A kick for those who’ve distractedly thumbed through Kenneth Anger's Hollywood Babylon, Joel and Ethan Coen’s bustling comedy Hail, Caesar! looks back to the waning days of moviedom’s golden age: specifically, to 1951, when big-studio fixers were still tidying up the messes left by the talent (scrubbing now done by publicists and lawyers). As we’d expect, the Coens’ remembrance of this bygone era is mordant, though not as pleasingly salacious as Anger’s enduring compendium of Tinseltown scandal. But the brothers’ latest also has a certain buoyancy — a quality rarely associated with their films, especially the bleak Barton Fink (1991), their first treatment of studio-system Hollywood and its pathologies. The fizziness, though, proves fleeting, and Hail, Caesar! too often goes flat.
The central character, Eddie Mannix (Josh Brolin), is named after the outsize, real-life MGM executive who was tasked with keeping the stars of that blue-chip studio out of the gossip magazines. (He remained employed there until his death in 1963.) The Coens’ Mannix has the official title “Head of Physical Production” at the fictional Capitol Pictures — the same outfit that employs the blocked writer in Barton Fink. But he shares the actual one’s religious faith: The frequency of Mannix’s visits to the confessional becomes one of the film’s running jokes. The sins he admits to — sneaking a couple of cigarettes, striking a movie star in anger — suggest just how far removed from the historical record Brolin’s character really is. The real Mannix was suspected of, among other grave charges, plotting to murder actor George Reeves, a sordid tale recounted in 2006's dim-witted Hollywoodland, featuring Bob Hoskins as the legendary clean-up man.
In Hail, Caesar!, Mannix emerges from church hours before sunrise, cleansing his soul before his first workday appointment, a 5 AM visit to the bungalow of a rising starlet posing for a sweaty photographer; he arrives just minutes before the cops do, called out to investigate a “possible French-postcard situation.” It’s a great line, one that shows off the filmmakers’ ear for era- and milieu-specific language — a consistent pleasure in their movies, even for a Coen agnostic. (Precision also marks the work of two regular Coen collaborators here: cinematographer Roger Deakins and costume designer Mary Zophres.)
On the Capitol lot, Mannix watches rushes of Hail, Caesar! A Tale of the Christ, a bloated biblical epic starring the studio’s top box-office draw, Baird Whitlock (George Clooney), a nitwit who is roofied on set by a pair of toga-clad extras working on behalf of a Communist cell. The movie idol is held for ransom at a Malibu lair, where a cabal of tweedy Red screenwriters offer him finger sandwiches and quickly convince him of the nobility of their cause (“Of course I’m for the little guy!”).
Baird’s easy indoctrination — and Mannix’s efforts to secure the $100,000 for the actor’s release — provides the main storyline into which the Coens braid multiple subplots, some more successful than others. These ancillary scenarios revolve around other Capitol titles in production, many rapidly heading toward disaster. Knocked up and unwed, aqua-musical star DeeAnna Moran (Scarlett Johansson) is having trouble fitting into her mermaid costume, her predicament made funnier by Johansson’s sharp tough-broad interpretation. “Pretty boys — saps and swishes,” DeeAnna snaps at Mannix, dismissing the previous suitors and husbands he’s quickly had to find for her; Johansson delivers her lines with impeccable Brooklyn–transplant hauteur.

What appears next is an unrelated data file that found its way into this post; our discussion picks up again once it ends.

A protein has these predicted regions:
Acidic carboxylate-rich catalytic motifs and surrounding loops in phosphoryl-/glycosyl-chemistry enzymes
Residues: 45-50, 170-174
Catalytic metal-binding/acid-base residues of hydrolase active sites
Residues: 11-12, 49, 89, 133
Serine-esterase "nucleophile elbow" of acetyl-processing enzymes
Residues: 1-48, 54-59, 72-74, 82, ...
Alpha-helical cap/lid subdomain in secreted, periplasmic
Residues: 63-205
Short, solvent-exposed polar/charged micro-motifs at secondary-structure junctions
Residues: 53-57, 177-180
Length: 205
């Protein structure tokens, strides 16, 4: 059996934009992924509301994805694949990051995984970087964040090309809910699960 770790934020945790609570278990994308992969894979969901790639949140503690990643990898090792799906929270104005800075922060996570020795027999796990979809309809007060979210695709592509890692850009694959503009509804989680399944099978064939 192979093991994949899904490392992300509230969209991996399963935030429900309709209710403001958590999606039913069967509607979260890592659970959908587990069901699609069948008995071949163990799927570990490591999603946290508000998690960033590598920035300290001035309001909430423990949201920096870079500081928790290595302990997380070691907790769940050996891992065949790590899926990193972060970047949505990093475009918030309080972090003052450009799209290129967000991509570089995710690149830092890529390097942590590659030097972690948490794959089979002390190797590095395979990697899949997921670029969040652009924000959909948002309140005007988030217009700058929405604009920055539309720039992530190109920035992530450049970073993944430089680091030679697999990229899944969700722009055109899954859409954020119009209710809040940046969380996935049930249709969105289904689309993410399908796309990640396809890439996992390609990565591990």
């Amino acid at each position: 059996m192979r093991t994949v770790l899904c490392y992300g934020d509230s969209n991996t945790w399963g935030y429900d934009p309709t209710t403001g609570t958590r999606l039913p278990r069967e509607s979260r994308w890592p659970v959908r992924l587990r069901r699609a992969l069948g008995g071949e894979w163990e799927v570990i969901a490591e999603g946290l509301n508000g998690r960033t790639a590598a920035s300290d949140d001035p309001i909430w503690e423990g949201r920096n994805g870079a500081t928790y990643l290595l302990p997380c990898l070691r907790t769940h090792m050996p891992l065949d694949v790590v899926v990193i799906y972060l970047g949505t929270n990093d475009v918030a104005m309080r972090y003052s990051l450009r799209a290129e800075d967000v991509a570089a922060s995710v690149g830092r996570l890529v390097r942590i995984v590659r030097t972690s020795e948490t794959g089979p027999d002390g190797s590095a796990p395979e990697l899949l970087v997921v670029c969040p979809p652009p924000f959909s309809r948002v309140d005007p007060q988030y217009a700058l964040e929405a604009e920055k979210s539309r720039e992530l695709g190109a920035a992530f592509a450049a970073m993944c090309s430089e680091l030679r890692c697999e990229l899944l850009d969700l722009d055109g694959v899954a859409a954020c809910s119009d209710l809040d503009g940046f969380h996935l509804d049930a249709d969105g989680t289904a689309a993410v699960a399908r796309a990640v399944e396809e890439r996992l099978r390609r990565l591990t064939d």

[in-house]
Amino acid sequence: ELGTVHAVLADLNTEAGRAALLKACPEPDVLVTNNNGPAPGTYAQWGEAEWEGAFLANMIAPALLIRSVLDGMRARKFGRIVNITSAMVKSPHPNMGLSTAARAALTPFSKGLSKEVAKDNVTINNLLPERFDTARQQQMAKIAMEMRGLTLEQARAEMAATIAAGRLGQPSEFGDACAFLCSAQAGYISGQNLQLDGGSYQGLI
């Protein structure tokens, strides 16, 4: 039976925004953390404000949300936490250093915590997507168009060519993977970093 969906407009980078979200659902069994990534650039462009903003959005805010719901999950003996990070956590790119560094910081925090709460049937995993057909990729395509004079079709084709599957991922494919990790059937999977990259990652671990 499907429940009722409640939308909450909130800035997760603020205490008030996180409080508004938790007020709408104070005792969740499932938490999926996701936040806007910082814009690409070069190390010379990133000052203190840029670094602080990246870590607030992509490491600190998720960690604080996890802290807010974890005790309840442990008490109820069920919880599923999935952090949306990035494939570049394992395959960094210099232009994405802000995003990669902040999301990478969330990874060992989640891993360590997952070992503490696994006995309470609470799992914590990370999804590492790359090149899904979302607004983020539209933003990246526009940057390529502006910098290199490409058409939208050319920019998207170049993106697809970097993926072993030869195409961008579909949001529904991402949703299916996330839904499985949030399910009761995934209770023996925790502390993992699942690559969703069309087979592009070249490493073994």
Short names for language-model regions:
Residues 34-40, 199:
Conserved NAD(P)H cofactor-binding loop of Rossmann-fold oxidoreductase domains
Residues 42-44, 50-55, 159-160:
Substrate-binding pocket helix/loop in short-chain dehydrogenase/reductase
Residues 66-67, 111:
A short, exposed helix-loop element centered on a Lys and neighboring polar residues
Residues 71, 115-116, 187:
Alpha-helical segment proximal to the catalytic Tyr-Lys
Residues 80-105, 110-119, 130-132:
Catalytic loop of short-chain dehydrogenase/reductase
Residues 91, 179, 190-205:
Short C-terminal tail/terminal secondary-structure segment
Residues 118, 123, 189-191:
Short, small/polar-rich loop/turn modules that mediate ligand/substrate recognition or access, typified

That verve is missing in too many other scenes, namely one that features singing cowboy Hobie Doyle (Alden Ehrenreich) massacring his opening line in a drawing-room comedy helmed by the effete Laurence Laurentz (Ralph Fiennes). Repeated three times too many, the wan gag also highlights a rare instance of the otherwise period-detail-obsessive directors being sloppy with their time frame: The film that Laurentz is directing, Merrily We Dance, is emblematic of a genre that had its greatest popularity in the 1930s, not the early '50s. Just as tiresome is Mannix’s meeting with a quartet of religious leaders who have been asked to endorse Hail, Caesar! and thus guarantee its triumph at the box office; the setup ensures the inevitable appearance of the filmmakers’ favorite cliché, the tetchy Jew.
But something that I’d never expected to see in a Coen brothers movie — a song-and-dance number — is here staged with tremendous brio and cheeky wit. In a clear reference to On the Town, MGM’s soaring 1949 musical, a group of tap-dancing seamen in snug-fitting Navy whites start to croon “No Dames” led by Burt Gurney (Channing Tatum, perfectly cast), Capitol’s most athletic hoofer. The tune, which starts out as a paean to the opposite sex, ends up with the dancers in the kinds of homoerotic positions that Tom of Finland would immortalize about a decade later. This affectionate sendup is one of a few instances when the Coens’ film foregrounds Hollywood’s lavender shadow history, also evinced as Baird regales one of his Marx-reading, pipe-smoking captors with a shaggy-dog story about shaving Danny Kaye’s back. Like the best moments of Hail, Caesar!, these scenes nimbly expose the dream machine’s hypocrisies, while the worst rely on humor already stale by the time of the first HUAC hearing.